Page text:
No charges filed against deputy following fatal crash
NILES — After an investigation into the fatal police pursuit that occurred in Niles in July, the Berrien County Prosecutor’s Office said Monday that no charges against the involved deputy will be filed.
“This deputy was not criminally negligent, nor negligent at all, in the performance of his duties that July afternoon,” the release stated.
The incident occurred at 5:30 p.m. July 28, when the Niles dispatch center was notified to be on the lookout for an intoxicated man leaving Dale’s Mini Mart. The suspect, who was identified as David Bross, 24, of Three Oaks, was reported to have also caused a disturbance.
Dispatch put out a description of the vehicle with some unique particulars.
A deputy on patrol and in a fully marked Berrien County Sheriff’s Department vehicle observed the described vehicle, which Bross was driving, in Niles stopped at a green light. The deputy also saw the vehicle almost hit a curb upon its acceleration. The deputy then attempted a traffic stop using its overhead red and blue lights, believing the information provided and observed was sufficient to stop the driver, suspecting he was intoxicated.
The suspect’s vehicle pulled into a parking lot, as if to stop having seen the overhead lights of the squad car, then abruptly left the parking lot and sped off.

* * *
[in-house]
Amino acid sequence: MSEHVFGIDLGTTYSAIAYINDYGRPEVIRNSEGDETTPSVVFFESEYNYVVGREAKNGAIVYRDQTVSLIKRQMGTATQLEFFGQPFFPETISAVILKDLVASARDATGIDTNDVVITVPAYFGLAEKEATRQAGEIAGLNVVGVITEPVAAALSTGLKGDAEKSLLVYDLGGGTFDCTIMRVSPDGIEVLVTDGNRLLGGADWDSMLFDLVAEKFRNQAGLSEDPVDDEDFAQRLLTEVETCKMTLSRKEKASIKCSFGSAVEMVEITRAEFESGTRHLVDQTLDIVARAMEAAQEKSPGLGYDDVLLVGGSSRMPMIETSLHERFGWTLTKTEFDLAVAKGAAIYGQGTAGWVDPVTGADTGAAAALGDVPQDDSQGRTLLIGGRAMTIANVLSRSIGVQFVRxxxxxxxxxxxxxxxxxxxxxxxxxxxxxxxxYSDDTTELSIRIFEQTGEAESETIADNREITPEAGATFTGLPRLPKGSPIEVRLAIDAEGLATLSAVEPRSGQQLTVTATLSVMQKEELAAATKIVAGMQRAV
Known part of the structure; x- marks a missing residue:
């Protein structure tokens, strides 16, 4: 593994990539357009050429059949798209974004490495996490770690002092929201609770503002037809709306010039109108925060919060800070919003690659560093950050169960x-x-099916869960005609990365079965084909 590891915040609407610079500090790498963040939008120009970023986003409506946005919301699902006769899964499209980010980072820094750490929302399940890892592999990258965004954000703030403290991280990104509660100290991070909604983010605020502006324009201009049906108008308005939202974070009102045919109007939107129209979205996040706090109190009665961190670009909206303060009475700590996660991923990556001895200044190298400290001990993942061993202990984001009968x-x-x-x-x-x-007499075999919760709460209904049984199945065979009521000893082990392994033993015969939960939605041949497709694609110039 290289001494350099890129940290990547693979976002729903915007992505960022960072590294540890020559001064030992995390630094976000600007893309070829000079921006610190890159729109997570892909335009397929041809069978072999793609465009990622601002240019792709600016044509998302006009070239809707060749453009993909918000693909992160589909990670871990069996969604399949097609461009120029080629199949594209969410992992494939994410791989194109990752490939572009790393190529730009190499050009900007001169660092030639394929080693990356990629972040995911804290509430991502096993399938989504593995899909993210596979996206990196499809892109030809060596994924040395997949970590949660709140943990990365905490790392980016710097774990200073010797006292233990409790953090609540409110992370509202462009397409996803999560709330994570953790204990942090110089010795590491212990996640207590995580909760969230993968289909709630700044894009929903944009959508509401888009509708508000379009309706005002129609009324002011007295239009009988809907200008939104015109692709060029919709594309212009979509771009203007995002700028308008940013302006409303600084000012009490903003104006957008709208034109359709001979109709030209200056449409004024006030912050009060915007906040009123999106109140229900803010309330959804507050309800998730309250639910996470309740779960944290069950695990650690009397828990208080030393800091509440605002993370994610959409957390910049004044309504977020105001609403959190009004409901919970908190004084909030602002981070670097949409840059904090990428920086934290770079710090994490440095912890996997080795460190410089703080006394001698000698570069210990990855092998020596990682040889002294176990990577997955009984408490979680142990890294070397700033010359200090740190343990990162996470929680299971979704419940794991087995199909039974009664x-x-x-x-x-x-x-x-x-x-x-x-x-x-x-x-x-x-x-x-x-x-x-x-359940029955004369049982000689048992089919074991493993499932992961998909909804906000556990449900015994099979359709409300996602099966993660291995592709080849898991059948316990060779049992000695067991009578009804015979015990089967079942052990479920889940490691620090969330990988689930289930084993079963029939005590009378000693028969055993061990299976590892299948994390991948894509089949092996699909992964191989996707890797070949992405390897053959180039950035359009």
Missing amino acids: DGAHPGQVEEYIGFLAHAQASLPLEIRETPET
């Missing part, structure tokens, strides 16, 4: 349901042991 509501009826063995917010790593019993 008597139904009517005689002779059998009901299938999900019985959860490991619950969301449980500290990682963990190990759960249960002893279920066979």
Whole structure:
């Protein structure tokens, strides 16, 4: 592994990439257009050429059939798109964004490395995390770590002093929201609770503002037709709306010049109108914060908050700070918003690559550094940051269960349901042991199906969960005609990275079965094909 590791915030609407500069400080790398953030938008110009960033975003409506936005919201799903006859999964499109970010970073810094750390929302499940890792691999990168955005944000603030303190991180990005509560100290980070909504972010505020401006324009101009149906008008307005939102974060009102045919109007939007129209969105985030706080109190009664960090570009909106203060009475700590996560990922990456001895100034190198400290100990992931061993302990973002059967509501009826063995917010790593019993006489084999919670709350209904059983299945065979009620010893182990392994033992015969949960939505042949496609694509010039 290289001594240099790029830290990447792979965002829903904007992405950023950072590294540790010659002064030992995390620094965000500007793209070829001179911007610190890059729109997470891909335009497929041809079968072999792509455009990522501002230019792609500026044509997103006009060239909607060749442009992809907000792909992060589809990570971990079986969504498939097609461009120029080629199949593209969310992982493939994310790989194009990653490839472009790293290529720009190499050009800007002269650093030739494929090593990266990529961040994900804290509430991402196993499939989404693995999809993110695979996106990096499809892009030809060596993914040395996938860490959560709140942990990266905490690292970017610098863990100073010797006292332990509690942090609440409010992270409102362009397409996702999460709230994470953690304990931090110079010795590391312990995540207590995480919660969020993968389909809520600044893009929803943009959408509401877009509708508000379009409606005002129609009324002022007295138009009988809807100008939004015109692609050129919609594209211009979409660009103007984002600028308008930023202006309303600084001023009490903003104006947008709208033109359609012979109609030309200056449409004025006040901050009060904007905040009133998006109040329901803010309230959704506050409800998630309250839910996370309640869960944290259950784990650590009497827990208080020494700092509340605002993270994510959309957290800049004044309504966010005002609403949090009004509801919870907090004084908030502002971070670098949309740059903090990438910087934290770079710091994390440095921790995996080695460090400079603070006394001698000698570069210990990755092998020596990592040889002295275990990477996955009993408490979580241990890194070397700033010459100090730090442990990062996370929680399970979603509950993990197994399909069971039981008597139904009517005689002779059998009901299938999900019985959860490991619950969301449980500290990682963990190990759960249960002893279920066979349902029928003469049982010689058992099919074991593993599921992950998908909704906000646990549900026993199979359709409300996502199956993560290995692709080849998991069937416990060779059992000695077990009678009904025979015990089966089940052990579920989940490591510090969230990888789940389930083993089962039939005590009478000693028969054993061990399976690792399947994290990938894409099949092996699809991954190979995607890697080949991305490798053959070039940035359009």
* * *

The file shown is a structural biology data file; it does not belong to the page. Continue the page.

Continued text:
According to the prosecutor’s office, Bross drove recklessly, reaching speeds of more than 100 miles per hour. He passed cars on Niles-Buchanan Road on the left and the right.
The deputy maintained a distance, but attempted to keep a view of the vehicle. Eventually, the deputy discovered that the vehicle Bross was driving had left the roadway and hit a tree.
The deputy and emergency personnel arriving at the scene had difficulty removing Bross from the vehicle. Bross was transported to a South Bend hospital where he died.
The Michigan State Police investigated the crash scene and determined that Bross left the roadway going 87 miles per hour. Autopsy results indicated that Bross’ death was a result of the crash. His blood alcohol level was .17.
The Berrien County Prosecutor’s Office stated that it is important to note that law enforcement has a responsibility to the public to keep the roadways safe. When police officers suspect a driver is operating while intoxicated, they have a duty to the public to attempt to stop that individual. This reduces the risk to the public of such a driver causing a crash.
The prosecutor emphasized that no charges will result from this crash.